Halloween 2023 – When is it?
Halloween is a yearly tradition that takes place on the 31st of October, with Halloween 2023 set to grace us on a Tuesday.
Unearthing Halloween’s Ancient Origins
Delving into the rich history of Halloween, we discover its deep-rooted connection to the ancient Celtic festival, commonly referred to as Samhain, and often pronounced as “sow-in.”
This more than two-thousand-year-old ceremony was observed by the Celts in what are now Ireland, the United Kingdom, and northern France to commemorate the start of their New Year on November 1.
This day marked the beginning of the colder, darker winter months, a time often associated with human mortality.
The Celts held the belief that as the night of October 31st descended, the division between the realm of the living and the realm of the departed grew hazy. It was believed that the spirits of the deceased returned to Earth on this night.
In addition to causing mischief and potential harm to crops, the presence of these otherworldly spirits made it easier for druids or Celtic priests to make predictions about the future. For people heavily dependent on the unpredictable natural world, these prophecies provided comfort during the long, dark, and cold winters.
To celebrate this event, druids would construct massive sacred bonfires where people gathered to burn crops and animals as sacrifices to the Celtic deities. They would also wear costumes, often consisting of animal heads and skins, and attempt to tell each other’s fortunes.
When the celebration was over, they re-lit their hearth fires, which they had extinguished earlier that evening, from the sacred bonfire to help protect them during the coming winter months.
In 43 A.D., the Roman Empire had secured dominion over the greater part of Celtic lands. Over the course of 400 years of Roman rule, two Roman festivals were combined with the traditional Celtic celebration of Samhain.
The first was Feralia, a day in late October when Romans traditionally commemorated the passing of the dead.
Another occasion was dedicated to paying tribute to Pomona, the Roman deity associated with fruits and trees. The symbol of Pomona is the apple, which might explain the tradition of bobbing for apples that is practiced on Halloween.
How Did Halloween Begin in America?
In early colonial New England, Halloween was not widely celebrated due to the rigid Protestant belief systems of the region. However, Halloween was quite popular in Maryland and the Southern colonies.
As various European ethnic groups and American Indians joined the country, an American version of Halloween began to emerge.
Initial commemorations encompassed “play parties,” public gatherings organized to rejoice in the bountiful harvest. As the traditions and beliefs of diverse European ethnic groups and Native Americans intertwined, a uniquely American rendition of Halloween started to take shape.
Initial festivities comprised “play parties,” communal gatherings aimed at celebrating the harvest, during which neighbors shared tales of the departed, foretold each other’s destinies, and engaged in lively dancing and singing.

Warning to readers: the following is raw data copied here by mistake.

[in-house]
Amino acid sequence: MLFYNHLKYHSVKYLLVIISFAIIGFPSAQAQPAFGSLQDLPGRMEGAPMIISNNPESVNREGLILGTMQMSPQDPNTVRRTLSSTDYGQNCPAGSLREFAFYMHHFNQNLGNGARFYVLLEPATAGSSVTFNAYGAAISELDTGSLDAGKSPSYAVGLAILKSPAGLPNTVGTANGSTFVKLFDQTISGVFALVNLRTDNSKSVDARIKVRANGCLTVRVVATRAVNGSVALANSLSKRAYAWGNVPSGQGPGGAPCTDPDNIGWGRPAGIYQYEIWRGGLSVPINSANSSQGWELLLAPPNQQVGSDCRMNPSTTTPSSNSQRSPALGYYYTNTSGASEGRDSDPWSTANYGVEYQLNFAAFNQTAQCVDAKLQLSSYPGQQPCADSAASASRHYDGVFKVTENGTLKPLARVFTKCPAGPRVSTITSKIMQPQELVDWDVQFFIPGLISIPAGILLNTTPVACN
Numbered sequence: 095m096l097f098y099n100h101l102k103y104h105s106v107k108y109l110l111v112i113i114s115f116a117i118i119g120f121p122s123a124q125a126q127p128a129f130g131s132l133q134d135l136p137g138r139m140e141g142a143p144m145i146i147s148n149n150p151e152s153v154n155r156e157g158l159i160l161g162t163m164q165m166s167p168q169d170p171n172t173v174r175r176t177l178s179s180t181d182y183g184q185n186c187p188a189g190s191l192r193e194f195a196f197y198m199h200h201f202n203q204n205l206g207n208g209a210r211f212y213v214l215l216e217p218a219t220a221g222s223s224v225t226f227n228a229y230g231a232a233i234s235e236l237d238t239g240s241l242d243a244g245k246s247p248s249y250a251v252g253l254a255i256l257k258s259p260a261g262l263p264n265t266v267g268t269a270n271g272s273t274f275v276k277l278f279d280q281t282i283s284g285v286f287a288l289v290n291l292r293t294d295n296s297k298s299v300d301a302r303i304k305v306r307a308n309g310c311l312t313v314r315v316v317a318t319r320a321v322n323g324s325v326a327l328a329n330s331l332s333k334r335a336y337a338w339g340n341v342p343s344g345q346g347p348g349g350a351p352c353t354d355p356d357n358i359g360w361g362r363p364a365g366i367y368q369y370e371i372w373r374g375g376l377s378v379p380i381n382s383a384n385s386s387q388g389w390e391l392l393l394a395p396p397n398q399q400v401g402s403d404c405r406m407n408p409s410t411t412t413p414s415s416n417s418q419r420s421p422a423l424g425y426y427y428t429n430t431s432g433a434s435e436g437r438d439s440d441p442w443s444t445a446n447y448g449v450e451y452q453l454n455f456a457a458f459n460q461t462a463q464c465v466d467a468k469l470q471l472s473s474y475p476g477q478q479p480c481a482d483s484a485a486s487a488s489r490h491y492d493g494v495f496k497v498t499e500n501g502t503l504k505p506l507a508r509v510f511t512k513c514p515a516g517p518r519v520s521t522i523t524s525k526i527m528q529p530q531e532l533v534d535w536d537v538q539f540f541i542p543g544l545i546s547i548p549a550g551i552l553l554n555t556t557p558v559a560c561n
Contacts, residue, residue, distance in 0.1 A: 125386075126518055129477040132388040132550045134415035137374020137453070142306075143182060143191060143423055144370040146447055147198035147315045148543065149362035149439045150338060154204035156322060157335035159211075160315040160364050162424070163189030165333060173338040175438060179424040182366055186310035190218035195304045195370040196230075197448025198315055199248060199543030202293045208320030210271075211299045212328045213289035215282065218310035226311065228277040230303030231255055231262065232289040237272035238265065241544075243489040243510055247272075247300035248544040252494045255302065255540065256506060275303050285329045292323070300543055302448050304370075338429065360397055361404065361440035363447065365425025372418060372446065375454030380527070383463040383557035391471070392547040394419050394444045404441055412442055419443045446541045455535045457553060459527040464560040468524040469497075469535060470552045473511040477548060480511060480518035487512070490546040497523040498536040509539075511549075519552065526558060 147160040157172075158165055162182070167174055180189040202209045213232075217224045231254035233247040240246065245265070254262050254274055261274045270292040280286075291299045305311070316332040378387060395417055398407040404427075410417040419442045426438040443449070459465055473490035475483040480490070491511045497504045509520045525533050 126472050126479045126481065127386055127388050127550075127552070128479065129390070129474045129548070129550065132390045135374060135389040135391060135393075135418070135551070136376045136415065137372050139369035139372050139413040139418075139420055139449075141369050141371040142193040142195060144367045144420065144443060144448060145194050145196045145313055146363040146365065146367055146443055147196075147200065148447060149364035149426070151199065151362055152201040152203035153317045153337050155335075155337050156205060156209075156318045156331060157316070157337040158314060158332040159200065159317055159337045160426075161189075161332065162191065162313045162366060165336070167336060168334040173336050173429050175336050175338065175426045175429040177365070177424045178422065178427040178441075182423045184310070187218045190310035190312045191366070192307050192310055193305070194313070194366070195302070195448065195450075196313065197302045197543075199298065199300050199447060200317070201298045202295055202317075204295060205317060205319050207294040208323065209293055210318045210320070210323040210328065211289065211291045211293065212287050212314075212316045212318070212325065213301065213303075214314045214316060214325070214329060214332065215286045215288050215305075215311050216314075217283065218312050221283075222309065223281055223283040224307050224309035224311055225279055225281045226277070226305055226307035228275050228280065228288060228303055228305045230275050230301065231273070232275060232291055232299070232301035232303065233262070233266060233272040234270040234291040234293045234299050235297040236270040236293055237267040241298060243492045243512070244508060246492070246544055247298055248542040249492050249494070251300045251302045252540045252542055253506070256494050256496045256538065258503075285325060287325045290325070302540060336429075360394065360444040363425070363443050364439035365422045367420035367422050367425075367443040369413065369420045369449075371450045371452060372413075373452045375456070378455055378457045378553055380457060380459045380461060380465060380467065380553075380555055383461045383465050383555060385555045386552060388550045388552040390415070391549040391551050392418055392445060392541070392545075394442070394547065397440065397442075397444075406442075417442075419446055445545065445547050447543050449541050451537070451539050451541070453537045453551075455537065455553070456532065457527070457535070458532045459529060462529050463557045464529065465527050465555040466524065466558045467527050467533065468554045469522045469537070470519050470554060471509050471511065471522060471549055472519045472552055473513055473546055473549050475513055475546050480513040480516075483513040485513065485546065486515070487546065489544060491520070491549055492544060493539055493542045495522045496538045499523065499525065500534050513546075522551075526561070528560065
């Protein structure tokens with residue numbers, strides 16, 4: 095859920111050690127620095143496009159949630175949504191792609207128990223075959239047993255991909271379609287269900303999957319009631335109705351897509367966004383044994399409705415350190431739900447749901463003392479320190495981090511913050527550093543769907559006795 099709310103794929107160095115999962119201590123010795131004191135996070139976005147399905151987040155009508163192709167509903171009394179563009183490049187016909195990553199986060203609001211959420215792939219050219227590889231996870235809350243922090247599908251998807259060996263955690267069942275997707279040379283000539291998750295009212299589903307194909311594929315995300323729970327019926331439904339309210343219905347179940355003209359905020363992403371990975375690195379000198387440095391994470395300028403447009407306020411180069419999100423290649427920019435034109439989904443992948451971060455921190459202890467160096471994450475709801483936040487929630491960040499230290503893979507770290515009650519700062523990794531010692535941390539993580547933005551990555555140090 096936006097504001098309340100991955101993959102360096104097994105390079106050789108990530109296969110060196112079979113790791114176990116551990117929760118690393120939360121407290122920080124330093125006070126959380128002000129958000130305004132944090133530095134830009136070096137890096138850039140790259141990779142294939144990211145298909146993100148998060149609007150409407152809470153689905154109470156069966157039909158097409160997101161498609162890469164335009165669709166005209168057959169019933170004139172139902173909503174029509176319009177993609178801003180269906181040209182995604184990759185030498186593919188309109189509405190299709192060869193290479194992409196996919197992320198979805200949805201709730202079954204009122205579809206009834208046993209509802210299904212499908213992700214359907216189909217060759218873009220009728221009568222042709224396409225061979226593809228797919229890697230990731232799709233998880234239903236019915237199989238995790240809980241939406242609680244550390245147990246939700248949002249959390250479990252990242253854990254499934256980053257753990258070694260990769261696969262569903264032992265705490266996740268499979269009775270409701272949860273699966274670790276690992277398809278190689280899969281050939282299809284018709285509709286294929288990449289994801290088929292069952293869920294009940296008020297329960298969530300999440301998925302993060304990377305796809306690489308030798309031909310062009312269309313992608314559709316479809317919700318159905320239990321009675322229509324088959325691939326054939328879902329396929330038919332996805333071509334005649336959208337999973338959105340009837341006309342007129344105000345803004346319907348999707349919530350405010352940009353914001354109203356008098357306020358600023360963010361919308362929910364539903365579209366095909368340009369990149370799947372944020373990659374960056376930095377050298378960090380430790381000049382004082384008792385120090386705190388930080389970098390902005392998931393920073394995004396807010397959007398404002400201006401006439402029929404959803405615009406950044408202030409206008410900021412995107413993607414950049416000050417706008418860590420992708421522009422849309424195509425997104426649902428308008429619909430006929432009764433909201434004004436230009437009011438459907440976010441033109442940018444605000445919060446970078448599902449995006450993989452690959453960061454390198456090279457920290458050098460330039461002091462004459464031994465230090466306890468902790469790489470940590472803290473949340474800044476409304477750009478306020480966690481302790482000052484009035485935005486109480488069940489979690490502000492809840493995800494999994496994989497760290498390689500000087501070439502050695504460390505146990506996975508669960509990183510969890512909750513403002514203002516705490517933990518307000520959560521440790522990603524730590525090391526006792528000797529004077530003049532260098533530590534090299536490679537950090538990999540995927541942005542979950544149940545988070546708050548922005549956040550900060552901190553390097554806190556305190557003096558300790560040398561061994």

By the mid-nineteenth century, autumn celebrations were prevalent, but Halloween had not yet gained nationwide recognition.
Towards the end of the 1800s, there was a significant influx of immigrants to the United States from throughout the globe.
These fresh arrivals, notably the countless Irish individuals escaping the ravages of the Irish Potato Famine, played a pivotal role in propagating Halloween as a widely celebrated event across the nation.
The Origins of Trick-or-Treating
With influences drawn from European customs, Americans initiated the practice of donning costumes and making visits from one home to another to request treats or currency, a practice that gradually shaped into the present-day “trick-or-treat” custom. Young women believed that on Halloween,
they could divine the name or appearance of their future husband by performing rituals like pulling yarn, apple peeling, or gazing into a mirror.
During the second portion of the 1800s, Halloween in the United States underwent a transformation, moving away from its emphasis on ghosts, pranks, and superstitions, to become more about community and neighborly festivities rather than being solely centered around mischievous and mystical elements.
As the century drew to an end, Halloween had transformed into a festivity embraced by individuals of all age groups, becoming a cherished occasion.
During the 1920s and 1930s, Halloween transformed into a secular but community-centered holiday with parades and town-wide Halloween parties as the primary entertainment.
Despite best efforts by schools and communities, Halloween had lost most of its superstitious and religious overtones by the beginning of the twentieth century.
However, by the 1950s, town leaders had successfully limited vandalism and Halloween had evolved into a holiday directed mainly at the young.
As a result of the substantial increase in the number of young children during the post-World War II baby boom in the 1950s, festivities transitioned from town civic centers to more manageable locations such as classrooms or homes.